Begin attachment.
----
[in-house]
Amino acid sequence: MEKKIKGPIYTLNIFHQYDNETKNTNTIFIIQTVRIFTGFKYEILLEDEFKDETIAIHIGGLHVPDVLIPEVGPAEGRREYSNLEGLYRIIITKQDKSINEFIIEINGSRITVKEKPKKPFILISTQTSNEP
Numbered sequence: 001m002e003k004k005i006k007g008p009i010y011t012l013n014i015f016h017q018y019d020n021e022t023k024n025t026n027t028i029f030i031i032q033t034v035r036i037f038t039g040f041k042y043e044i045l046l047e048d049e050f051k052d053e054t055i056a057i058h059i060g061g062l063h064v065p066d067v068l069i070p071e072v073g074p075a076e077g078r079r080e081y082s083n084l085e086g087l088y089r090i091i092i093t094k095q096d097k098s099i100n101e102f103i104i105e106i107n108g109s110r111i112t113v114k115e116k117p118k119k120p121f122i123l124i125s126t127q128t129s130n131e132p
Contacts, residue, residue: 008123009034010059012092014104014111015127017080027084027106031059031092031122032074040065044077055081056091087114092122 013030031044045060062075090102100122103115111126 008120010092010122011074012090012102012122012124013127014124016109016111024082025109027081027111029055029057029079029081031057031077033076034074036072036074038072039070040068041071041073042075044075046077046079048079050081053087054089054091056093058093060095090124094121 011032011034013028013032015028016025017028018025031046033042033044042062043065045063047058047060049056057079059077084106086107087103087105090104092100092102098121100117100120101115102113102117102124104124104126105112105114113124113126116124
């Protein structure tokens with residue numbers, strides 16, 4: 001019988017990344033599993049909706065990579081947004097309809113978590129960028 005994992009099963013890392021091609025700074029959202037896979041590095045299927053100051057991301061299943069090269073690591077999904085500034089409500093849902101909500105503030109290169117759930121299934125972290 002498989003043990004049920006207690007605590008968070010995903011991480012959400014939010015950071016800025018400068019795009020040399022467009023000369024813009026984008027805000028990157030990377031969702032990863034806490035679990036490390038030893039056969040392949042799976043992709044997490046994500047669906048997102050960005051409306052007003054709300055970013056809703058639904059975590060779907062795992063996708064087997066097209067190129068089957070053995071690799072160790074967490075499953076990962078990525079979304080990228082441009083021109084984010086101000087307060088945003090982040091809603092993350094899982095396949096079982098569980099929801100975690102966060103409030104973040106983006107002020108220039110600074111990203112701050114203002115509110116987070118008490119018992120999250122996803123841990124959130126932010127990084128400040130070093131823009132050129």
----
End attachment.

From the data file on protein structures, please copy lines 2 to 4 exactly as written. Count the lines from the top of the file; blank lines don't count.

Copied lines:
Amino acid sequence: MEKKIKGPIYTLNIFHQYDNETKNTNTIFIIQTVRIFTGFKYEILLEDEFKDETIAIHIGGLHVPDVLIPEVGPAEGRREYSNLEGLYRIIITKQDKSINEFIIEINGSRITVKEKPKKPFILISTQTSNEP
Numbered sequence: 001m002e003k004k005i006k007g008p009i010y011t012l013n014i015f016h017q018y019d020n021e022t023k024n025t026n027t028i029f030i031i032q033t034v035r036i037f038t039g040f041k042y043e044i045l046l047e048d049e050f051k052d053e054t055i056a057i058h059i060g061g062l063h064v065p066d067v068l069i070p071e072v073g074p075a076e077g078r079r080e081y082s083n084l085e086g087l088y089r090i091i092i093t094k095q096d097k098s099i100n101e102f103i104i105e106i107n108g109s110r111i112t113v114k115e116k117p118k119k120p121f122i123l124i125s126t127q128t129s130n131e132p
Contacts, residue, residue: 008123009034010059012092014104014111015127017080027084027106031059031092031122032074040065044077055081056091087114092122 013030031044045060062075090102100122103115111126 008120010092010122011074012090012102012122012124013127014124016109016111024082025109027081027111029055029057029079029081031057031077033076034074036072036074038072039070040068041071041073042075044075046077046079048079050081053087054089054091056093058093060095090124094121 011032011034013028013032015028016025017028018025031046033042033044042062043065045063047058047060049056057079059077084106086107087103087105090104092100092102098121100117100120101115102113102117102124104124104126105112105114113124113126116124